8. Communication is so important. Families had increased time together which on one hand was very important as relationships were able to deepen. On the other, many simply became sick of each other and needed a break at some point. Communication and managing this was exceptionally important, including sharing real feelings or being honest to solve conflicts. Communication transcended families, as without clear communication with schools and rheir expectations reduced stress. Consistency and communication in expectations around sports also was important as athletes thrive on it.

9. Having a sense of humor has been important as sometimes we all just needed to sit back and laugh at the world. With this, and it has been stressed before self care is essential.


10. As we have mentioned in other blogs, critical thinking and rational thought is so important. Seek information and constantly ask questions. These are definitely skills that society bas been lacking over the past year.


11. Supporting those around you is so important. Many colleagues and referral sources have really struggled through the pandemic, and I have done my best to help any way I could. Everyone’s mental health wins when we do this.


12. Listen, listen, listen. We have been bombarded by so much information over the past year, but have we really listened to it and integrated into ourselves even if we disagree with it?


13. Pay attention to nutrition as even I have realized mine has slipped. Too many leftovers. With that we might as well add in exercise and sleep management as they also impact mental health.


14. Complaining gets you nowhere. Take a deep breath and find a way to solve the problem. With time, patience, and reflection, the problems can be solved.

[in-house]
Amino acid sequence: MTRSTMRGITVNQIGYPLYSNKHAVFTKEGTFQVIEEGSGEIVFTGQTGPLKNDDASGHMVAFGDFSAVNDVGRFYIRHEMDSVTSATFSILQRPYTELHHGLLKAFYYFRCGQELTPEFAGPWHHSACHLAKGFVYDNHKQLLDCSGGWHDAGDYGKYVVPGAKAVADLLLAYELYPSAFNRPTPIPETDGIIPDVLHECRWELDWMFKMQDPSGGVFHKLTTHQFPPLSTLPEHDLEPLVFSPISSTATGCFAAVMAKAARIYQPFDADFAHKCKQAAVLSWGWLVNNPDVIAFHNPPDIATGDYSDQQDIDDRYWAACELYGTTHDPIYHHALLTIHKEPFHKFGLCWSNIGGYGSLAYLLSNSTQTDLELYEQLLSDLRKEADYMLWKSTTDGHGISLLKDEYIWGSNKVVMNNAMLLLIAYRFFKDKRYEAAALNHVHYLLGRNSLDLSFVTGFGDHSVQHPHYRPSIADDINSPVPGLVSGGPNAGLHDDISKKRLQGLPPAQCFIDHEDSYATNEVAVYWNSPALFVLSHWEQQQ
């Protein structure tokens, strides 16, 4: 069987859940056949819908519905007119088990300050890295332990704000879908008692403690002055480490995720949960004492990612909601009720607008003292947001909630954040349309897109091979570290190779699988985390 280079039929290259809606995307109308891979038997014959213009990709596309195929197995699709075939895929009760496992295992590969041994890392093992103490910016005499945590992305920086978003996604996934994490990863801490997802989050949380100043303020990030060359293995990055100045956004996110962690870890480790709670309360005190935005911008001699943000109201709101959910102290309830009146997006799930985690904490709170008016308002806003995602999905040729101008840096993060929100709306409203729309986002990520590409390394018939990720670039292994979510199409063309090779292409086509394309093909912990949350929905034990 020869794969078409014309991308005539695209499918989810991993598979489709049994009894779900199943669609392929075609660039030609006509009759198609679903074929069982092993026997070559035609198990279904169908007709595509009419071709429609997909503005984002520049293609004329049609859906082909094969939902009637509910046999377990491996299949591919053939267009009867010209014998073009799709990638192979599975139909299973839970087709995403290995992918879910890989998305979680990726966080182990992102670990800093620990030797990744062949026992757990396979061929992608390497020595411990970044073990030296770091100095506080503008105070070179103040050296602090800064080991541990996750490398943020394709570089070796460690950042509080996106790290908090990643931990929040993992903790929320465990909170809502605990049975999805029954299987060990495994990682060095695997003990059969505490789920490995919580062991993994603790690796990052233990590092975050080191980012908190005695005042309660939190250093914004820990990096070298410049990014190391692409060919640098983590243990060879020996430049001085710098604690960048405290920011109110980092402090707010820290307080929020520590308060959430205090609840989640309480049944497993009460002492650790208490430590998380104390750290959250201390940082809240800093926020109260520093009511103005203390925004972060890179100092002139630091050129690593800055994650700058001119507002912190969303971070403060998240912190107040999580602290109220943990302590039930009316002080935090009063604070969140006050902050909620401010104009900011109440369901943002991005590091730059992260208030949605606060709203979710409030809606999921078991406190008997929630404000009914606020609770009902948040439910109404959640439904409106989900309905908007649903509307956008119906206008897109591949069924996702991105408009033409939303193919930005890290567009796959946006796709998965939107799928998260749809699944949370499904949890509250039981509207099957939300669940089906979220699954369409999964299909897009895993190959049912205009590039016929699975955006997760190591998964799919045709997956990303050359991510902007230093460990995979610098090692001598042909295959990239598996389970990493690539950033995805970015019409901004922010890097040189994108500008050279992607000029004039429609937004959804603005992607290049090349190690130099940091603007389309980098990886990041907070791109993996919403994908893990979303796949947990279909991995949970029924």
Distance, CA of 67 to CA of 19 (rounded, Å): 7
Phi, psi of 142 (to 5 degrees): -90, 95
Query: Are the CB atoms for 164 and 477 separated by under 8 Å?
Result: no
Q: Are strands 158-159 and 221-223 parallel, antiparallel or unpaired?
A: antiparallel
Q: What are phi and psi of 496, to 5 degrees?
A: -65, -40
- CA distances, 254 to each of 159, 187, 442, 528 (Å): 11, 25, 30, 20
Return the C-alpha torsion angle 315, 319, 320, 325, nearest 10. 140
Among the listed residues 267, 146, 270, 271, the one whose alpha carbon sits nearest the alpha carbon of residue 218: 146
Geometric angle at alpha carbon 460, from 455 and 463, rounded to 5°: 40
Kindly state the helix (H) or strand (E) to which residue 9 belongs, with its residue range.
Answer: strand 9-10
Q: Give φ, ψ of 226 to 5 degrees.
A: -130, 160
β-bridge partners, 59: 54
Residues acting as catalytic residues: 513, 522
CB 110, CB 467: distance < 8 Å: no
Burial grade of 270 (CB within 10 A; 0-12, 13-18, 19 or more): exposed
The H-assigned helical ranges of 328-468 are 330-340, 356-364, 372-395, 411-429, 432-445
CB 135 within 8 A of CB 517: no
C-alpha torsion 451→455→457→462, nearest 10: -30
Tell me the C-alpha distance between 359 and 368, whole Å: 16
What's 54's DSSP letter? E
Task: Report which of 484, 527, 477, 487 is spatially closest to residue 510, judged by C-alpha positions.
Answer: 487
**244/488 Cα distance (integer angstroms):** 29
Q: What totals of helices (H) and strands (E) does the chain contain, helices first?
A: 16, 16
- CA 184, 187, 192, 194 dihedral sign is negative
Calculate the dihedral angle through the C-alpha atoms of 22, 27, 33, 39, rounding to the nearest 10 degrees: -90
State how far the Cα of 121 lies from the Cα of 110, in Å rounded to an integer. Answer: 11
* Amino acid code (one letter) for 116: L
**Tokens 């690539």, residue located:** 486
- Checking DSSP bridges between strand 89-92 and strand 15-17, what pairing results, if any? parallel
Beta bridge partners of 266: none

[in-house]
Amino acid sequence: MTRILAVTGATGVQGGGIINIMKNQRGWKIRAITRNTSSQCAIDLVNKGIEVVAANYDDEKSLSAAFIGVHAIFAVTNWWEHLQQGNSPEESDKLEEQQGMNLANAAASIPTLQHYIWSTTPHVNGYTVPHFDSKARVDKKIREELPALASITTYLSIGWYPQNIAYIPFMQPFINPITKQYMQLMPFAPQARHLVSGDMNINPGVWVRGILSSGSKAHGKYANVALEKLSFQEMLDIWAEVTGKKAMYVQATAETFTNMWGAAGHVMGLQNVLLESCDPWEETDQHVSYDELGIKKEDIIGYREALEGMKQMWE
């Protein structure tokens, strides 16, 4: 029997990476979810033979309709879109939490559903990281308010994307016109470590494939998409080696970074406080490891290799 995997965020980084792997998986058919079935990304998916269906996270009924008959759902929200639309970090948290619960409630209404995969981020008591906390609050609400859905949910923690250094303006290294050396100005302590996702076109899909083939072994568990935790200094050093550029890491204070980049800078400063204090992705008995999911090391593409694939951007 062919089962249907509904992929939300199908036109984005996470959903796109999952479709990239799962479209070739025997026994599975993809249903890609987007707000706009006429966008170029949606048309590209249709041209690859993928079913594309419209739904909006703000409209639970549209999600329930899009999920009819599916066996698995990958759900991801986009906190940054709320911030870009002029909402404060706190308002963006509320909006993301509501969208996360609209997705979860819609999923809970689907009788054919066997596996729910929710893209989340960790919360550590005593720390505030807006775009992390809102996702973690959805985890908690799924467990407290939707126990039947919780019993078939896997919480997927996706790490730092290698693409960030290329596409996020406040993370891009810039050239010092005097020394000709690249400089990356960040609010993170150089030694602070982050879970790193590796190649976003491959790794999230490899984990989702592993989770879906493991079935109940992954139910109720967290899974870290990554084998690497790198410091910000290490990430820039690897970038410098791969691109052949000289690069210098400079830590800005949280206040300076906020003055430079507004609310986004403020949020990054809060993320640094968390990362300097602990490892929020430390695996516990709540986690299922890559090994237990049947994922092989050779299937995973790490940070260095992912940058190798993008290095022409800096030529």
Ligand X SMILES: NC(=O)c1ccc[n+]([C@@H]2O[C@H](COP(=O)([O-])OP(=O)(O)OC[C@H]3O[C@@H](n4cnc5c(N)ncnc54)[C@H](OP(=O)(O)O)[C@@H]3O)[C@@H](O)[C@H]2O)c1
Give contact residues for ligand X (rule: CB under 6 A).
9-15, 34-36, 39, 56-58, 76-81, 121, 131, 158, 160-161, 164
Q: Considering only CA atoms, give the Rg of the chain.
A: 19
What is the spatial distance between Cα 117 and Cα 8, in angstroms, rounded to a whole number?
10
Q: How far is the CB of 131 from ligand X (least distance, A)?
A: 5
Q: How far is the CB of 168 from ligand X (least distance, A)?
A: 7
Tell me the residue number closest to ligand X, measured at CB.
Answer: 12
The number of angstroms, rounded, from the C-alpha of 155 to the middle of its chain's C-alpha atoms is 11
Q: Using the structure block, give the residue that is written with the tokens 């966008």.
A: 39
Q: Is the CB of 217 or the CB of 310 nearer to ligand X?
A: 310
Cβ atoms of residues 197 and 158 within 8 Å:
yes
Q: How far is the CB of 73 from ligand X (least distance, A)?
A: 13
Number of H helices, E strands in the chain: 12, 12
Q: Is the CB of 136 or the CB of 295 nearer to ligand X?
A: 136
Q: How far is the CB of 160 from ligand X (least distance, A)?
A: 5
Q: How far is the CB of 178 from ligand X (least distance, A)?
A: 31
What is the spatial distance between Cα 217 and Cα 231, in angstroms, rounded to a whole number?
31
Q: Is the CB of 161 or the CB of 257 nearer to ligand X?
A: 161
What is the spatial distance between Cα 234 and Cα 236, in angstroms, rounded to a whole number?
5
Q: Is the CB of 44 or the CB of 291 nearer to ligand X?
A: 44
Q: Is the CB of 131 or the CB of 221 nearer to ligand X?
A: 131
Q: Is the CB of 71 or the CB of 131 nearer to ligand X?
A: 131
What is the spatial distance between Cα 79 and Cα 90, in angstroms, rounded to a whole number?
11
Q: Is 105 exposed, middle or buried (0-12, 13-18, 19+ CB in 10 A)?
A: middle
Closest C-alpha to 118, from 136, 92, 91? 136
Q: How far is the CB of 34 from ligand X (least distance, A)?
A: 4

15. Set goals and targets for the next step of what you want to accomplish. One of my main observations is that at no point has society really set specific targeted goals, and methods to get there. Instead many people have just sat stagnant, leading to more frustration and stress.


16. Try something new or think outside the box. You never know what be fit may come from it.


17. Recognize when it is time for break. We mentioned self care previously, but it cannot be over emphasized. If you are going to try something new, this may even mean taking a break and going somewhere new that you have never been.


18. Stay out of politics best you can. We believe in separating mental health and politics, but unfortunately politics is intruding into every level of life. The negative impact on mental health has shown itself because ulterior motives have superseded the mental health of clients. As a society, we need to rethink the way we do things and find a way to separate these two areas.


19. Family and friends are number one. Nothing can replace them, and nothing is better for one’s mental health than these two groups.


20. Although change is hard, being open to growth is so important. You can’t be stagnant and live in a hole. Life doesn’t work that way so enjoy the growth. Here is to the next step of growth in 2021.


These are just a few of my reflections from the pandemic. I’m sure I have missed others, but it has beena long year professionally and personally. I am looking forward to the next steps and moving forward with all the growth I have undergo ne over the past year. I hope you are ready to do the same.